It is tempting to join the media pile-on about the Australian Prudential Regulation Authority’s apparent lack of action on underperforming superannuation funds, but in terms of true legal powers, the regulator appears to have more bark than bite.
This point will probably loom large in the Royal Commission into Misconduct in the Banking, Superannuation and Financial Services Industry’s fifth round of hearings.
This latest round began yesterday and will put the focus on superannuation for a fortnight.
We know APRA and the Australian Securities and Investments Commission will be called to give evidence, but as of last night, we were still in the foothills, with National Australia Bank/MLC’s Paul Carter sweating under the hot lights on the matter of how grandfathered commission streams made it less tempting for advisers to move clients to products that might better meet their needs.
Shades of Round Two.
The Australian dialled up the heat on Saturday under the heading “super fund laggards ignore calls to merge,” to be backed up yesterday, in headline terms at least, by The Australian Financial Review’s back page, headed: “APRA must explain its inaction”.
Productivity Commission super inquiry chair Karen Chester concluded in the PC’s recent widely praised report that 1 in 4 pooled super funds (both retail and industry) underperform persistently. It’s also a widespread belief that APRA has failed to pull the underperformers into line; for instance, by leaving them to shrink slowly rather than forcing them to merge.
She noted that APRA and ASIC needed “to become member champions but instead focused too much on funds”.
APRA apparently put together a list of 28 underperforming funds in 2017 and after APRA approached those funds to do something about the problem, just two-thirds of them obliged.
What seems to rankle, to the extent that someone appears to be running around with matches and paper planning a bonfire under APRA’s chair, is that no action appears to have been taken against the backsliders.
To the cynics, this all smacks of what was described at the HIH Royal Commission back in 2002 as “the London Tea and Biscuits Approach” to prudential regulation.
But let’s stand back a bit from all this. What’s APRA’s role in pooled superannuation? Number one is to stop super funds from going under, which isn’t hard given the guaranteed flow of money.
Number two appears to be supervision of superannuation trustees.
In both of cases, APRA has done all right,; the only exception so far being the Trio Capital scandal, in which a Hong Kong-based crook was able to divert $180 million of super funds from an Albury-based business, never to be seen again. Trio collapsed in 2009.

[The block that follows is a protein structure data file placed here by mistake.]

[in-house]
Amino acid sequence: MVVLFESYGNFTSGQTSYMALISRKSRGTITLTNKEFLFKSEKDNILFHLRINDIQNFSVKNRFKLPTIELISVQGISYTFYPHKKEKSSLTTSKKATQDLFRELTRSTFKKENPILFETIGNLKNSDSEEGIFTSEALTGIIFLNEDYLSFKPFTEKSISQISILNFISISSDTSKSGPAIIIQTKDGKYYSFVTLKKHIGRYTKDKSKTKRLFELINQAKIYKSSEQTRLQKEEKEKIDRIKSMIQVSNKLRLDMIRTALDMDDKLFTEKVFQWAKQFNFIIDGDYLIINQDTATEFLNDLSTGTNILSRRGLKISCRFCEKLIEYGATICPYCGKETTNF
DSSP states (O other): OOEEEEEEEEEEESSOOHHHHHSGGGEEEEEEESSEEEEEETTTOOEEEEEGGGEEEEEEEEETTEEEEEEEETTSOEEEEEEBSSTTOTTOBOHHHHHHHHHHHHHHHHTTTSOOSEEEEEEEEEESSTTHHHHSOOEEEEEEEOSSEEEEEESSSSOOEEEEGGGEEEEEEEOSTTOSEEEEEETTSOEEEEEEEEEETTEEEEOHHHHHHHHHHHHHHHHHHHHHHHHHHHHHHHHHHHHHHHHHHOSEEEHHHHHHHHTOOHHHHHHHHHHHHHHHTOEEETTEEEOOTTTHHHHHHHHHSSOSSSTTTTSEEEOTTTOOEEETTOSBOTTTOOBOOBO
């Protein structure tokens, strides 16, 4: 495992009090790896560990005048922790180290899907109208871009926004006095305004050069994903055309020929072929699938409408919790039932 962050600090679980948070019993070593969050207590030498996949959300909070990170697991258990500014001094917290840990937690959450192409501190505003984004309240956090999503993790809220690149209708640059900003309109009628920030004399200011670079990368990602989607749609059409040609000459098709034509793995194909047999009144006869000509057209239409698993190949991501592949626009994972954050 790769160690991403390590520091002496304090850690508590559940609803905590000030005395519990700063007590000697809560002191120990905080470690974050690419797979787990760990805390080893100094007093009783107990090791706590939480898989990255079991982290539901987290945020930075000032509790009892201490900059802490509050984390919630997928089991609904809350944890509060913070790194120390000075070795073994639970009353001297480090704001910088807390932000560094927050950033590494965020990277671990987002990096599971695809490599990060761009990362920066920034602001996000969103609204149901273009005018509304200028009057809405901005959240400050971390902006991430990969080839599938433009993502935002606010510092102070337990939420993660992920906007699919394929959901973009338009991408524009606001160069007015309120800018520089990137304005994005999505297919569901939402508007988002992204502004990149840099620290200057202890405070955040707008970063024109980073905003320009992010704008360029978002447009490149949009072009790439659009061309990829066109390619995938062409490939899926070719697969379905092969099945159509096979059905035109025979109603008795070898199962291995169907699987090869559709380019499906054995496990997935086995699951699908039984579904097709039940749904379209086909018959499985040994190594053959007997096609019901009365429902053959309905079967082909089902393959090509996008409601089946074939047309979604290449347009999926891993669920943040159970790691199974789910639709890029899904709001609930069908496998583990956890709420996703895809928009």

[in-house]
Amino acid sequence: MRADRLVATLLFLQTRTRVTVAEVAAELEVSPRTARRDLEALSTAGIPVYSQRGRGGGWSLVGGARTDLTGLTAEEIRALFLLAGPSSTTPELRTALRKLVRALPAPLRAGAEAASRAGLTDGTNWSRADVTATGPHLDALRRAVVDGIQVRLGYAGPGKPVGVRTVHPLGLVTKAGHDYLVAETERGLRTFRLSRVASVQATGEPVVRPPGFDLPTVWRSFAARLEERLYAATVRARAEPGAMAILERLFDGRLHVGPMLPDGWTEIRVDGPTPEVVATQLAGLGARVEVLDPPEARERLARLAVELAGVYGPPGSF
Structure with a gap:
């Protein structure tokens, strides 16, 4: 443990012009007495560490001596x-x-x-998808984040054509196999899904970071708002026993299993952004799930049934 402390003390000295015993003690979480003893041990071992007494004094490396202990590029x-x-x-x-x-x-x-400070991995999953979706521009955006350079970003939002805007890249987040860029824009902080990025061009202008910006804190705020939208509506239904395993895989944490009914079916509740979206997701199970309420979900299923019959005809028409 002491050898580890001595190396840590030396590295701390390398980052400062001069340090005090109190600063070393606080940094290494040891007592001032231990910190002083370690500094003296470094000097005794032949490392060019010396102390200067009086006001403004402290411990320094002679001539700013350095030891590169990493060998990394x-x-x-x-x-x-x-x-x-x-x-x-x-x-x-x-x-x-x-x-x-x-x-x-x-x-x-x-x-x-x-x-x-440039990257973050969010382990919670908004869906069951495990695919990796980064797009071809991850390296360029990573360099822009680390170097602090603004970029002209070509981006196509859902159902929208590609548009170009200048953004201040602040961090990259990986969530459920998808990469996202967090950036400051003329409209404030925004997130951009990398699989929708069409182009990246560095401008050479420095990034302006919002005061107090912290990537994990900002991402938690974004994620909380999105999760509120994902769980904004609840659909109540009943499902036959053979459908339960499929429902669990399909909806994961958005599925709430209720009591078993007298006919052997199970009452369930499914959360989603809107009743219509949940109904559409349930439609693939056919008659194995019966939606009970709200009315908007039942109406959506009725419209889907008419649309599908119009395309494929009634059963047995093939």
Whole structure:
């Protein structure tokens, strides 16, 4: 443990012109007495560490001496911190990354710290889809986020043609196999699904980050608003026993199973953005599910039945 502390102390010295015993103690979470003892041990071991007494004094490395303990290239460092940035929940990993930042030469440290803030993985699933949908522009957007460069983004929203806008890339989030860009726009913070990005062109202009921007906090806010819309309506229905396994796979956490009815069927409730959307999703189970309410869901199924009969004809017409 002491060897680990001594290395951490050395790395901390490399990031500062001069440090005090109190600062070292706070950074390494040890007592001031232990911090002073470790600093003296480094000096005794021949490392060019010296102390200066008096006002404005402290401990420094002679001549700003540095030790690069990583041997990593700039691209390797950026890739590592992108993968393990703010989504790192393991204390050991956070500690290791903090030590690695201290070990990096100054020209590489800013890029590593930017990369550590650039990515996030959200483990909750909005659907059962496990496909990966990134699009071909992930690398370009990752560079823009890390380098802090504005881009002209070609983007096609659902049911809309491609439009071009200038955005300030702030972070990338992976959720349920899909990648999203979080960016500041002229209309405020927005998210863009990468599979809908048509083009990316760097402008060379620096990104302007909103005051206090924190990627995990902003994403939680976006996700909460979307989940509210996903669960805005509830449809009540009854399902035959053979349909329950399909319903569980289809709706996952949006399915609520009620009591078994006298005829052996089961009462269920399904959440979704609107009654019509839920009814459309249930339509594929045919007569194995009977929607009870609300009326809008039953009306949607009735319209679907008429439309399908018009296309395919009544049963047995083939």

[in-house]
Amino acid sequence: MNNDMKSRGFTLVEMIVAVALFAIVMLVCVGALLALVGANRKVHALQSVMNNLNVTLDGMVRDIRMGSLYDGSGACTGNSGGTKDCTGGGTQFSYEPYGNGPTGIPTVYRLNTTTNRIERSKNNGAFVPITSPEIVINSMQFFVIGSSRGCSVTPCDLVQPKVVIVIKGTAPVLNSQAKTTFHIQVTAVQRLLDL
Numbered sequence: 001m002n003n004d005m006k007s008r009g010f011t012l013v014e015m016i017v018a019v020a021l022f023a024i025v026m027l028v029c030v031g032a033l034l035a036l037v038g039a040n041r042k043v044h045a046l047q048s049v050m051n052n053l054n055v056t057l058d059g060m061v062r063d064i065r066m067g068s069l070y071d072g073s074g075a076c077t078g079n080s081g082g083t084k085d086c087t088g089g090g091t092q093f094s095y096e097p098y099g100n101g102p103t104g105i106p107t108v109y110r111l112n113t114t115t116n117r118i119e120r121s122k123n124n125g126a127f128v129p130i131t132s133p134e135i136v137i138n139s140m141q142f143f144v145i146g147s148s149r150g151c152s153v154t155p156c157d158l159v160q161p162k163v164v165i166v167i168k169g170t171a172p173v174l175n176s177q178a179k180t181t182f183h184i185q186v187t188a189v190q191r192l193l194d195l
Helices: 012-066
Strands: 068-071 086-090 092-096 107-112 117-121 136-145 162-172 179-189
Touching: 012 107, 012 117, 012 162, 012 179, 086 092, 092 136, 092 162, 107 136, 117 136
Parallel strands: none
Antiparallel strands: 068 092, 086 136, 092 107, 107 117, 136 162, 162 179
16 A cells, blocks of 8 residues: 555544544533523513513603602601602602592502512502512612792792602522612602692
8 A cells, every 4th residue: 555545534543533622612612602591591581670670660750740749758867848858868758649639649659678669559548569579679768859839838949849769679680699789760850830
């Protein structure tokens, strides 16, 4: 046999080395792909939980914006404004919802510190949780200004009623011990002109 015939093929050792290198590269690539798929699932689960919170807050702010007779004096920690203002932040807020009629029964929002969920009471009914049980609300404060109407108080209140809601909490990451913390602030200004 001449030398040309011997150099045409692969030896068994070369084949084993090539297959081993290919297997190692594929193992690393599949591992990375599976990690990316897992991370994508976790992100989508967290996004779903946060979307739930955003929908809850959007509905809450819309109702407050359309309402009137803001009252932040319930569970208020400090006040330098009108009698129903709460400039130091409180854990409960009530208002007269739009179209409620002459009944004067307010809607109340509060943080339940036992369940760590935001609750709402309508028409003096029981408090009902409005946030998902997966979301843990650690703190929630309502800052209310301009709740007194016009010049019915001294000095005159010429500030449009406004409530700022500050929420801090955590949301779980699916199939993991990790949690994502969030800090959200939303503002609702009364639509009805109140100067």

The problem we have here is that supervising the returns provided by super funds is a bit less of a clear-cut business than with other types of prudential activity. What’s a fair rate of annual return? What sort of member fees are fair?
It’s one thing making sure deposit-taking institutions are doing the right thing, because there’s an intensity of promise at work. A bank promises you a fixed rate of return on your deposit and if it doesn’t pay it, all hell breaks loose. A promise has been broken.
General insurance is a little bit woollier than banking because different policies have different exclusions, mostly related to flood and storm damage – and superannuation is woollier still.
Nowadays, it’s all about defined contribution, and only the luckiest of retirees can luxuriate in defined benefits.
You hand your money to the fund, which invests it and gives you back more than you put in, although sometimes it’s not a lot more.
My modest research indicated that APRA doesn’t have much power to do intensive, intrusive analysis of individual super funds.
It was given more powers about 18 months ago to help put pressure on underperforming funds to lift their returns or merge, and if you were a “glass half full”, person you would say that getting two-thirds of underperformers to take measurable steps to fix the problem is a reasonable start. Particularly since, as I understand it, APRA doesn’t have the power to force an actual merger.
There’s an argument in some circles that if APRA doesn’t want to get down and dirty on superannuation and pensions, perhaps a new pensions regulator should be created.
To me, that smacks of “there ought to be a law”, the desire of officious bystanders to move the long arm of regulation further into the system than it currently goes.
I put that to one super expert, who laughed and said, “If you are talking about the wisdom of increasing the number of regulators from two to three, I’d go the other way and argue it might be more logical to merge APRA with ASIC, and go from two to one.”
That’s a debate for another day, clearly, but it’s a reminder that nothing stays the same forever.